Enzymes IBDP HL

691 views
605 views

Published on

Published in: Business, Technology
0 Comments
1 Like
Statistics
Notes
  • Be the first to comment

No Downloads
Views
Total views
691
On SlideShare
0
From Embeds
0
Number of Embeds
72
Actions
Shares
0
Downloads
15
Comments
0
Likes
1
Embeds 0
No embeds

No notes for slide

Enzymes IBDP HL

  1. 1. Enzymes are protein molecules that are able to catalyse a biological reaction.
  2. 2.  Each type of enzyme is highly specific for only one type of a reaction With the use of an enzyme the rate of a particular reaction can increase by a factor greater than 108 They work by providing an alternative pathway with a lower activation energy More reactant molecules then have the necessary minimum activation energy
  3. 3.  The specificity of the enzyme depends on their tertiary and quaternary structure. The substrate (reactant molecule) binds to a part of the enzyme known as the active site The active site is able to change shape allowing the substrate to fit effectively and this is known as the induced fit theory
  4. 4.  Inhibitors are substances that slow down the rate of an enzyme catalysed reaction Competitive inhibitors resemble the substrate in shape but they are unable to react They occupy the active site making it less accessible to the substrate As the concentration of the substrate molecules increases the effect of the competitive inhibitors decreases
  5. 5. Competitive inhibition
  6. 6.  Non-competitive inhibitors bind to the enzyme but not to the active site The enzyme then changes shape and the substrates are no longer able to bind With this type of inhibitor increasing the concentration of the substrate molecules will have no effect as the non-competitive inhibitors don’t bind to the active site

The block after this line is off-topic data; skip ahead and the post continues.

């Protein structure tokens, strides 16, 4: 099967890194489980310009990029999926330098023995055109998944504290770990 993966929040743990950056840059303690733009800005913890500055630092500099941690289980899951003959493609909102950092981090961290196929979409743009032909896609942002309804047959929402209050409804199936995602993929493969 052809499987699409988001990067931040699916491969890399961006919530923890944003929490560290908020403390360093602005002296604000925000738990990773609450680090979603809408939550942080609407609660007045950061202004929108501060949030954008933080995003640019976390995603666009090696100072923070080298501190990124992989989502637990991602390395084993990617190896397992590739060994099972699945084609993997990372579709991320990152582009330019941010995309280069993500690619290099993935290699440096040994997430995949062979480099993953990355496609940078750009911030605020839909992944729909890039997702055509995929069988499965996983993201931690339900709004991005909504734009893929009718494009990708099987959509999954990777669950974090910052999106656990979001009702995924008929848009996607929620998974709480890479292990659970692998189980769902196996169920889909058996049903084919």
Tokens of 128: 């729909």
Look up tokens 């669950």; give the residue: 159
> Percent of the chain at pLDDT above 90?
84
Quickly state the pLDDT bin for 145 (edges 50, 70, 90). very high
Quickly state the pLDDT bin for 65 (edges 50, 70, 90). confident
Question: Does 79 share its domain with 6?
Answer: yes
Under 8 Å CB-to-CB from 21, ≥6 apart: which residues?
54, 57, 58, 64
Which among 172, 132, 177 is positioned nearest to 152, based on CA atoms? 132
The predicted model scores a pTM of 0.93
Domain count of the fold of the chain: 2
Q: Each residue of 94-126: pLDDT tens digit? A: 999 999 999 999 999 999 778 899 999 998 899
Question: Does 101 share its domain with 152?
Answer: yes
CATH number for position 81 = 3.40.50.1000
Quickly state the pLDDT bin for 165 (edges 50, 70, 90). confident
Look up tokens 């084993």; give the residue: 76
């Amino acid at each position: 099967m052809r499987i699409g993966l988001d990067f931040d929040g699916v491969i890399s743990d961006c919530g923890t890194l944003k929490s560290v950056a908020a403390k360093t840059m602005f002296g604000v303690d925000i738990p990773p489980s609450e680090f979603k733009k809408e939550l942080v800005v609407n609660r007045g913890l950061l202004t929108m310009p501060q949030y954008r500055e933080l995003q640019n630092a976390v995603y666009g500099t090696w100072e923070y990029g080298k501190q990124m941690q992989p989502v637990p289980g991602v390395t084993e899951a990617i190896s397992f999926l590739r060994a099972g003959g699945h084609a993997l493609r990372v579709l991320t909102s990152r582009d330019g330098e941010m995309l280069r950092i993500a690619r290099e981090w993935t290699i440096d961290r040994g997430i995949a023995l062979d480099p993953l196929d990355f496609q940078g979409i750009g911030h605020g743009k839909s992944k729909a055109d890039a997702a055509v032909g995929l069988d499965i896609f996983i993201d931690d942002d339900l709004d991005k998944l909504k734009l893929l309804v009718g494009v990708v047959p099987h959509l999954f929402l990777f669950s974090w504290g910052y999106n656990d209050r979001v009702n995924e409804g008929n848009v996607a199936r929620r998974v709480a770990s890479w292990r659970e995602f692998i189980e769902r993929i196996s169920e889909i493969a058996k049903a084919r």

7. 7. Non-competitive inhibition
  8. 8.  At low substrate concentrations the rate of the reaction is proportional to the concentration of the substrate At high substrate concentrations the rate of the reaction reaches a maximum point known as Vmax This means that that at low substrate concentrations there are enough active sites for the substrates to bind and react When all the active sites are used the enzyme is not able to work any faster
  9. 9.  This constant Km is the concentration of the substrate at half of the Vmax It is always the same for a particular enzyme with a particular substrate It indicates whether the enzyme functions appropriately at low substrate concentrations or whether high substrate concentrations are needed for the efficient catalysis Lower Km → more efficient enzyme
  10. 10. Say That Again Pleasehttp://www.youtube.com/watch?v=q94TCTSXyv8&context=C47b5c79ADvjVQa =
  11. 11. Competitive vs Non-competitive Competitive inhibitor  Non-competitive Blocks active sites  Enzyme changes shape Same Vmax  Smaller Vmax Larger Km  Same Km
  12. 12.  An increase in temperature at first increases the rate of the reaction until the optimum temperature is reached (usually 40°C) Until then more reactants posses the necessary activation energy to react After the optimum temperature is reached the enzyme starts to denaturate as the bonds holding the structure together break At certain pH values there is a change in the charge of the amino acid which affects the bond and alters the structure of the enzyme making it inactive
  13. 13.  Heavy metals “poison” the enzyme They react with the –SH group and replace the hydrogen atom with a heavy metal atom, or ion altering once more the structure of the enzyme
  14. 14. Effect of temperature and pH on rate of enzyme activity

×